Mo Yan: “The First” Owner
Mo Yan, a Chinese writer from Shan Dong Province, has won the 2012 Nobel Prize in Literature . His success is big news for Chinese people. Today, I received the news via text message from China Telecom informing me of this proud moment for the Chinese population.
Response from media
“More than any other Chinese author, Mo Yan is well represented in foreign languages around the world. And with good reason – he’s one of the great novelistic masters of modern Chinese literature, with a long list of ambitious novels to his name. His writing is powerful, visual, and broad, dipping into history, fantasy and absurdity to tell stories of China and its people.”
People’s Daily (English Version)
“Mo Yan won the Nobel Prize in Literature! He is the first Chinese writer to win this prize! Chinese writers and Chinese people have waited too long for this day. Congratulations to Mo Yan!”
People’s Daily (Chinese Version)
“Through a mixture of fantasy and reality, historical and social perspectives, Mo Yan has created a world reminiscent in its complexity of those in the writings of William Faulkner and Gabriel Garcia Marquez, at the same time finding a departure point in old Chinese literature and in oral tradition, the academy commented in the biographical statement.”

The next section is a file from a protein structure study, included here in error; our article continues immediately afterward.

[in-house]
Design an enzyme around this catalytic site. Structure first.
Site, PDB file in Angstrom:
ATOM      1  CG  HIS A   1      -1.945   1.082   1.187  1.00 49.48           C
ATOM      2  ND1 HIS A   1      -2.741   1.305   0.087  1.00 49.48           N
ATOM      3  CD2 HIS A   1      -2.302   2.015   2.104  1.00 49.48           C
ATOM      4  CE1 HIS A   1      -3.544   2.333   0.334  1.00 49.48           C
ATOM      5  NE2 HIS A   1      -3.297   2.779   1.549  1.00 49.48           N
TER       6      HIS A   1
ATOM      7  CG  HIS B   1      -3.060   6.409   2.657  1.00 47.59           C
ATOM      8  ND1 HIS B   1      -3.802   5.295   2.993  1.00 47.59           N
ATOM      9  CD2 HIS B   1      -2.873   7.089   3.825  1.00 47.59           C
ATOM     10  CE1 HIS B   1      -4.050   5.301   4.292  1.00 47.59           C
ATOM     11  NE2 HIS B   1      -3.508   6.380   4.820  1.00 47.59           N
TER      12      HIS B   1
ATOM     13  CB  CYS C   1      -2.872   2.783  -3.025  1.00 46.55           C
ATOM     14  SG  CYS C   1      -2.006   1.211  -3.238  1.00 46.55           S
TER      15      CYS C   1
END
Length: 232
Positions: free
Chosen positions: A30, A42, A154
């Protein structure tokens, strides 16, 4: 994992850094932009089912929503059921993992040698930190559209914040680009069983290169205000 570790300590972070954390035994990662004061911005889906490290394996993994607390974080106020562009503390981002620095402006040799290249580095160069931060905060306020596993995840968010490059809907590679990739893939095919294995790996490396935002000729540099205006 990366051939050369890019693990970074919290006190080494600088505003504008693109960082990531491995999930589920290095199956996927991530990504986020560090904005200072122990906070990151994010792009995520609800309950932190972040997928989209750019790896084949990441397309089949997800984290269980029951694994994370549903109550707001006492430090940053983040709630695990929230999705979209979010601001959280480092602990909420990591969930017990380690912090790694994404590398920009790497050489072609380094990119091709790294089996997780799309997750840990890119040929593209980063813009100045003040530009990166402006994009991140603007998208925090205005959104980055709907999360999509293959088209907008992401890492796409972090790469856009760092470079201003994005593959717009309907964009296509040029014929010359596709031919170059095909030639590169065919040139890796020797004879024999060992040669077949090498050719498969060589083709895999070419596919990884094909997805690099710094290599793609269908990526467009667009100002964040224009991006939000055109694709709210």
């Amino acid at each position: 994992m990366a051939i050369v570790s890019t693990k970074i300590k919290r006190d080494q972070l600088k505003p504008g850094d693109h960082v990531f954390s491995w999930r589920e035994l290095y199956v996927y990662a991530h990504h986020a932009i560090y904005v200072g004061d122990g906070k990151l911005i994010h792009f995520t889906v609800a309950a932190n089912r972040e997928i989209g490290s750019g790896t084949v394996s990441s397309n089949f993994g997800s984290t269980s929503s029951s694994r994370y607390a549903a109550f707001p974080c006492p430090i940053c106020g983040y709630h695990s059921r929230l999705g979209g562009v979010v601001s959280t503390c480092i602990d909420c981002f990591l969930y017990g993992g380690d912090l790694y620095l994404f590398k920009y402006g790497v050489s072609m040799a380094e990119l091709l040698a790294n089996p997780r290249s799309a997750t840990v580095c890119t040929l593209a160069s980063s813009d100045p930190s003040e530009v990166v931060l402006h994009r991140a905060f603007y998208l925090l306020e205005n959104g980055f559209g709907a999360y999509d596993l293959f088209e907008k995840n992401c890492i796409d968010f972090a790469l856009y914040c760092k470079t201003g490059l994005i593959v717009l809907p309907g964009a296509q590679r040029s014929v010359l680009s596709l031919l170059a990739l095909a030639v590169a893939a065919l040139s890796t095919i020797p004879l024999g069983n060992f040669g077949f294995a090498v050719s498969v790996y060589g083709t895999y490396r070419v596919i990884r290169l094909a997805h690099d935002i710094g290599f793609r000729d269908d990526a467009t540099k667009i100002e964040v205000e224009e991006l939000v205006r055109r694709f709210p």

China Daily and Xin Hua (English Version)
Other major Chinese media such as sina news and 163 news also publish the news on top of the homepage as soon as the news went public.
After knowing that Mo Yan may become “the first” Chinese Nobel Prize winner, many people added him and commented on his Weibo account. His fans on Weibo have increased from less than 50,000 on October 5 to over 300,000 now. Most people see this news as a positive influence, as they comment:
“I just wanna cry because I see Chinese wins Nobel Prize when I’m alive! Congratulations!”
“Congratulations to Mr. Mo! Hope it’s a good start for future Chinese Nobel prize winners~”
“He’s pride of Chinese. It proves that Chinese are competitive but they got no chance to prove before.”
Somebody also makes joke about the name of Mo Yan which means “don’t’ speak” in Chinese.
“A: which Chinese won the Nobel Prize last time? B: Don’t speak. A: Who won the prize this time? B: Mo Yan. A: What the hell, you can’t say it?”